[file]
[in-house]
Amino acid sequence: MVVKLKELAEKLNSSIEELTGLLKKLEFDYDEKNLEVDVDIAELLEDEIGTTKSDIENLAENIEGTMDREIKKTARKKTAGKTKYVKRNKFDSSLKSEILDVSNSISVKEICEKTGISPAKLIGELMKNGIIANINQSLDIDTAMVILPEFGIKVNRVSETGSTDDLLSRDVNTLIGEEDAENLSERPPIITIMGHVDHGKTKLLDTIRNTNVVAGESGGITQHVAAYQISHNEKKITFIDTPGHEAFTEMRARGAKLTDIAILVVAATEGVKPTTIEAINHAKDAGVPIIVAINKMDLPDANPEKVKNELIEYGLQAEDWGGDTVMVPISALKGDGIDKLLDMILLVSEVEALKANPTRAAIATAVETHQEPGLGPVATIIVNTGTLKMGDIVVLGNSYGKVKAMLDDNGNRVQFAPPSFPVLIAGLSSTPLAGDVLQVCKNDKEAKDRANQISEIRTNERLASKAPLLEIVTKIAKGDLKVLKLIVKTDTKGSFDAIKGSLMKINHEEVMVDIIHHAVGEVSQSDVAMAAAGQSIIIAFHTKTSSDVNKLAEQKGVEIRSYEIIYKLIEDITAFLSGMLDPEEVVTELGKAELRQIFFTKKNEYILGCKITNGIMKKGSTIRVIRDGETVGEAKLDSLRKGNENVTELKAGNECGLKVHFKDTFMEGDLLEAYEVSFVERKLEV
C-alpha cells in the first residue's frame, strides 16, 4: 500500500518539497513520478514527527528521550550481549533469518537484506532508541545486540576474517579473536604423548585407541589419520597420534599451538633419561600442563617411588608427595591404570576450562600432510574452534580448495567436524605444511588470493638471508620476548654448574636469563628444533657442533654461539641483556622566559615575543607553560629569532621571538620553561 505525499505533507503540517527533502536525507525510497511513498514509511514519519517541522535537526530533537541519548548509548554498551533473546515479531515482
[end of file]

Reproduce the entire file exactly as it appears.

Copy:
[in-house]
Amino acid sequence: MVVKLKELAEKLNSSIEELTGLLKKLEFDYDEKNLEVDVDIAELLEDEIGTTKSDIENLAENIEGTMDREIKKTARKKTAGKTKYVKRNKFDSSLKSEILDVSNSISVKEICEKTGISPAKLIGELMKNGIIANINQSLDIDTAMVILPEFGIKVNRVSETGSTDDLLSRDVNTLIGEEDAENLSERPPIITIMGHVDHGKTKLLDTIRNTNVVAGESGGITQHVAAYQISHNEKKITFIDTPGHEAFTEMRARGAKLTDIAILVVAATEGVKPTTIEAINHAKDAGVPIIVAINKMDLPDANPEKVKNELIEYGLQAEDWGGDTVMVPISALKGDGIDKLLDMILLVSEVEALKANPTRAAIATAVETHQEPGLGPVATIIVNTGTLKMGDIVVLGNSYGKVKAMLDDNGNRVQFAPPSFPVLIAGLSSTPLAGDVLQVCKNDKEAKDRANQISEIRTNERLASKAPLLEIVTKIAKGDLKVLKLIVKTDTKGSFDAIKGSLMKINHEEVMVDIIHHAVGEVSQSDVAMAAAGQSIIIAFHTKTSSDVNKLAEQKGVEIRSYEIIYKLIEDITAFLSGMLDPEEVVTELGKAELRQIFFTKKNEYILGCKITNGIMKKGSTIRVIRDGETVGEAKLDSLRKGNENVTELKAGNECGLKVHFKDTFMEGDLLEAYEVSFVERKLEV
C-alpha cells in the first residue's frame, strides 16, 4: 500500500518539497513520478514527527528521550550481549533469518537484506532508541545486540576474517579473536604423548585407541589419520597420534599451538633419561600442563617411588608427595591404570576450562600432510574452534580448495567436524605444511588470493638471508620476548654448574636469563628444533657442533654461539641483556622566559615575543607553560629569532621571538620553561 505525499505533507503540517527533502536525507525510497511513498514509511514519519517541522535537526530533537541519548548509548554498551533473546515479531515482